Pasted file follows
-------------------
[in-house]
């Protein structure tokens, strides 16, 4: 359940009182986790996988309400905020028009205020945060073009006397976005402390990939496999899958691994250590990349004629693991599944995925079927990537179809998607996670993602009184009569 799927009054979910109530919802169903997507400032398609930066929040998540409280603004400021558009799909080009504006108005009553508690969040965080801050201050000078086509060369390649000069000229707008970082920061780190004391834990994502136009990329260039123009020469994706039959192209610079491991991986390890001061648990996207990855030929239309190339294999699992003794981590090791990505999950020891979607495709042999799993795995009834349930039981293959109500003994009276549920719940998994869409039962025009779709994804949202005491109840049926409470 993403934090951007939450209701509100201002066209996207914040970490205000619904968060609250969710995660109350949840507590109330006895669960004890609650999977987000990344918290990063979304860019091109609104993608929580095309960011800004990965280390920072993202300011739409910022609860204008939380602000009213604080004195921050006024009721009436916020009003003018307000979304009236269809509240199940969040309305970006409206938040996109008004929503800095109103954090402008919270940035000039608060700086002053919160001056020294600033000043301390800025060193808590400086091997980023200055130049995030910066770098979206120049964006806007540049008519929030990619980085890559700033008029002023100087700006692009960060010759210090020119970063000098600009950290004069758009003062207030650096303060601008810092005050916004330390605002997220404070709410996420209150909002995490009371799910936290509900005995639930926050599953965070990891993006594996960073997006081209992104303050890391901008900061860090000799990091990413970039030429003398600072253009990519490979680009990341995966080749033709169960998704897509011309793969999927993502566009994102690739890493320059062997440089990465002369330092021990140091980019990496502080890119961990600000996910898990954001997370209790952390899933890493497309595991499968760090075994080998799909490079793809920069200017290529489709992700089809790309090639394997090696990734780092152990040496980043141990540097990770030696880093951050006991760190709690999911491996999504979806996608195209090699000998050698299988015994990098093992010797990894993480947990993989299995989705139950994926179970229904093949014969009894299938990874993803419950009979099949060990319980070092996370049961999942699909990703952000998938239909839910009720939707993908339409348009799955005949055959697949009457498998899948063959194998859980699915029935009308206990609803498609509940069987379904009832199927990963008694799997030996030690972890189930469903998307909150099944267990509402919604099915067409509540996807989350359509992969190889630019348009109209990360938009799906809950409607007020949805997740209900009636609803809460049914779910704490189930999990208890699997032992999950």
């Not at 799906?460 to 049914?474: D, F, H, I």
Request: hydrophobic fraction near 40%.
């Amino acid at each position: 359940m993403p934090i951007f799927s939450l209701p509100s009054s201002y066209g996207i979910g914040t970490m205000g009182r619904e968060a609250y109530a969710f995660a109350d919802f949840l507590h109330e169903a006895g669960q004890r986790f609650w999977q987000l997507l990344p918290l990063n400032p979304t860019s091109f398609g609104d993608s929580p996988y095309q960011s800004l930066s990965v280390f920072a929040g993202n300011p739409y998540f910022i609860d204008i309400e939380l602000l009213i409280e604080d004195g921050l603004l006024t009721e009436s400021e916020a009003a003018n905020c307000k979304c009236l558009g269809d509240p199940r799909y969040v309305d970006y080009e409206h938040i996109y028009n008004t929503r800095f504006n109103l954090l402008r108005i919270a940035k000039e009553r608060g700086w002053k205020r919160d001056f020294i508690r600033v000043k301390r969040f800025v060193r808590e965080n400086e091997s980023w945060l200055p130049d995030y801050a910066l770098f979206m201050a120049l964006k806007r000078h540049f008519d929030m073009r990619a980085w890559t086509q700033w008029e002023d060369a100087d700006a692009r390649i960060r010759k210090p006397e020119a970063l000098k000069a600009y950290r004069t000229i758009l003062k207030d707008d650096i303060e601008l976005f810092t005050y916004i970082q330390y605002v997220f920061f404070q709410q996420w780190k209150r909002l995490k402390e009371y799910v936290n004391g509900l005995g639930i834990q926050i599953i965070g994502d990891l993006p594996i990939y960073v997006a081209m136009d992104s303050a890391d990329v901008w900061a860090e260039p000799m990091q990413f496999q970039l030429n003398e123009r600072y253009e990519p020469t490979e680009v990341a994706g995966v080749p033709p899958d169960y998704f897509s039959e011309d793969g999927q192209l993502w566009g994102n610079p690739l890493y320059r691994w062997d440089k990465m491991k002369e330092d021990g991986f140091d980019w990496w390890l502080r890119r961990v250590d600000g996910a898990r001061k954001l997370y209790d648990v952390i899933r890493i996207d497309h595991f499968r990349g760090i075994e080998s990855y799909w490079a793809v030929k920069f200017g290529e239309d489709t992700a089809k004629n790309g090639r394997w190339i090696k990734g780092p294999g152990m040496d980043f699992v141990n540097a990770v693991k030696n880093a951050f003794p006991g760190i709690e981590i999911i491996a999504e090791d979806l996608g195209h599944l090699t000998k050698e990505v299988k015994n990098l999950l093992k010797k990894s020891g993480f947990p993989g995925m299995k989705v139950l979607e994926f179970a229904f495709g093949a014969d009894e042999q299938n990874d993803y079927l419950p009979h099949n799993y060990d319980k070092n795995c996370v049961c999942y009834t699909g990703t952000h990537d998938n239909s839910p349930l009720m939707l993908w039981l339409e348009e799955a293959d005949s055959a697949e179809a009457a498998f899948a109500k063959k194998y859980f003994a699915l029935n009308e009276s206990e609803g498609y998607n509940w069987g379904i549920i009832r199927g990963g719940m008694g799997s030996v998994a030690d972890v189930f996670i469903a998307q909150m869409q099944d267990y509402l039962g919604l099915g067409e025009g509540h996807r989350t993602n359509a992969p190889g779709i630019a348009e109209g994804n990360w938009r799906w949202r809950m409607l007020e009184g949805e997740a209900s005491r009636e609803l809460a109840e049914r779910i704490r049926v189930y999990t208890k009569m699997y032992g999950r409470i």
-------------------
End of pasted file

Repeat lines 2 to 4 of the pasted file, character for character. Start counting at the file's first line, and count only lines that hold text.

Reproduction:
């Protein structure tokens, strides 16, 4: 359940009182986790996988309400905020028009205020945060073009006397976005402390990939496999899958691994250590990349004629693991599944995925079927990537179809998607996670993602009184009569 799927009054979910109530919802169903997507400032398609930066929040998540409280603004400021558009799909080009504006108005009553508690969040965080801050201050000078086509060369390649000069000229707008970082920061780190004391834990994502136009990329260039123009020469994706039959192209610079491991991986390890001061648990996207990855030929239309190339294999699992003794981590090791990505999950020891979607495709042999799993795995009834349930039981293959109500003994009276549920719940998994869409039962025009779709994804949202005491109840049926409470 993403934090951007939450209701509100201002066209996207914040970490205000619904968060609250969710995660109350949840507590109330006895669960004890609650999977987000990344918290990063979304860019091109609104993608929580095309960011800004990965280390920072993202300011739409910022609860204008939380602000009213604080004195921050006024009721009436916020009003003018307000979304009236269809509240199940969040309305970006409206938040996109008004929503800095109103954090402008919270940035000039608060700086002053919160001056020294600033000043301390800025060193808590400086091997980023200055130049995030910066770098979206120049964006806007540049008519929030990619980085890559700033008029002023100087700006692009960060010759210090020119970063000098600009950290004069758009003062207030650096303060601008810092005050916004330390605002997220404070709410996420209150909002995490009371799910936290509900005995639930926050599953965070990891993006594996960073997006081209992104303050890391901008900061860090000799990091990413970039030429003398600072253009990519490979680009990341995966080749033709169960998704897509011309793969999927993502566009994102690739890493320059062997440089990465002369330092021990140091980019990496502080890119961990600000996910898990954001997370209790952390899933890493497309595991499968760090075994080998799909490079793809920069200017290529489709992700089809790309090639394997090696990734780092152990040496980043141990540097990770030696880093951050006991760190709690999911491996999504979806996608195209090699000998050698299988015994990098093992010797990894993480947990993989299995989705139950994926179970229904093949014969009894299938990874993803419950009979099949060990319980070092996370049961999942699909990703952000998938239909839910009720939707993908339409348009799955005949055959697949009457498998899948063959194998859980699915029935009308206990609803498609509940069987379904009832199927990963008694799997030996030690972890189930469903998307909150099944267990509402919604099915067409509540996807989350359509992969190889630019348009109209990360938009799906809950409607007020949805997740209900009636609803809460049914779910704490189930999990208890699997032992999950």
């Not at 799906?460 to 049914?474: D, F, H, I």
Request: hydrophobic fraction near 40%.